Instead, he witnessed nature’s wrath for himself.
Berndt was part of a group of volunteers, mostly college students, who were temporarily reassigned by MDS to assist residents affected by Monday’s storms.
“This was a unique change of plans, but we’re more than happy to contribute in any way we can,” said Berndt, a senior at Millersville University in Pennsylvania.
Berndt was working on a rebuilding project in Cordova on Monday. As a meteorology major, he was also closely monitoring radars for the severe weather that had been predicted.
When MDS volunteers returned to their campsite in Jefferson County that evening, they were informed about the destruction in Jasper.
A group of approximately 20 people spent Tuesday participating in clean-up efforts.
Although most volunteers were back on their long-term recovery job sites by Wednesday, Berndt and three others remained at Twin Lakes Mobile Home Park in Jasper installing tarps for storm survivors.
Berndt said the experience underscored the importance of his chosen profession.
Being in the midst of a disaster’s aftermath for the first time also led him to consider pursuing a master’s degree in emergency management rather than just a minor as he had planned.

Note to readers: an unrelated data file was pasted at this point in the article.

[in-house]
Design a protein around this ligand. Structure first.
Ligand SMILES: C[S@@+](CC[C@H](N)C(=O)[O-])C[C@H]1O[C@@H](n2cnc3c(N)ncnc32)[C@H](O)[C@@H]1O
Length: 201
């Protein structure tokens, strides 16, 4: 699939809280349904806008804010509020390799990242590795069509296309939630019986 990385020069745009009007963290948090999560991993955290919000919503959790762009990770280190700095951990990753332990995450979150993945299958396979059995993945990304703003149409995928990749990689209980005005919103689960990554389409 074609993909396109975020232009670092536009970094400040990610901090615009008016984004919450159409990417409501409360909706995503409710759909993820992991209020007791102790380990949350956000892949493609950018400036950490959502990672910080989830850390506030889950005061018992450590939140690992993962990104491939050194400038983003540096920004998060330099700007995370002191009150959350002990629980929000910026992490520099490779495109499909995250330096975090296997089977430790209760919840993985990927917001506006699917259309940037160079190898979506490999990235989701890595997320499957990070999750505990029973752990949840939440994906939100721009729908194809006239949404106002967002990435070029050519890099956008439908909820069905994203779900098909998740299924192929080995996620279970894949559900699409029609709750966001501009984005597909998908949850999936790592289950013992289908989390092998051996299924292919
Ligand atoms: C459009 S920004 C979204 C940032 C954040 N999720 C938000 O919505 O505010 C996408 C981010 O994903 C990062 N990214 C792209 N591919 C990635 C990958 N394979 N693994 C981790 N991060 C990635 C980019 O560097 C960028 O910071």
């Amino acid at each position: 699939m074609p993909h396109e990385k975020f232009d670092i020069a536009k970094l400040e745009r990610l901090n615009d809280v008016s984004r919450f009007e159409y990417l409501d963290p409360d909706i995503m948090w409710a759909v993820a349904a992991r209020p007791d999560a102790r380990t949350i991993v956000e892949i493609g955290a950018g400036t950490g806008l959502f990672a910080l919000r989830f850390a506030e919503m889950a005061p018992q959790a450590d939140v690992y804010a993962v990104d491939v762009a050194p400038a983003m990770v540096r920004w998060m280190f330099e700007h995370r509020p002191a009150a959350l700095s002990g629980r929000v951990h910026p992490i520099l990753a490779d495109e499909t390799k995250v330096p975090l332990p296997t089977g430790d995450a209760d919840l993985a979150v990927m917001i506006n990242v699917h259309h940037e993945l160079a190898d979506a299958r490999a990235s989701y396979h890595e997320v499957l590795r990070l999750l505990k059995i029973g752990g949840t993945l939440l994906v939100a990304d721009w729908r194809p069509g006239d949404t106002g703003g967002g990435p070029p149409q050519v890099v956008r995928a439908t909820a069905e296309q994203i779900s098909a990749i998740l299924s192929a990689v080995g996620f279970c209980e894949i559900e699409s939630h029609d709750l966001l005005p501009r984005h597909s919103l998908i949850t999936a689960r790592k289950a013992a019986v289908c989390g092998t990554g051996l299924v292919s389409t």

“To actually be here helping clean up as a direct result of the things we forecasted and analyzed is eye-opening,” he said.
The church Berndt attends, University Christian Fellowship, has partnered with MDS for several years on spring break trips focusing on service.
MDS has been involved in rebuilding efforts in Walker County since soon after the tornado outbreak in 2011.
MDS currently has 12 volunteers serving locally for a month or more and 16 who are here on a short-term basis, according to project director Bill McCoy.
“We’re blessed to be here and glad that we were in the area to be of assistance at this time. It’s in our DNA to come and help,” McCoy said.
In the past two years, MDS has dispatched 1,429 volunteers to Birmingham, many of whom served in Walker County.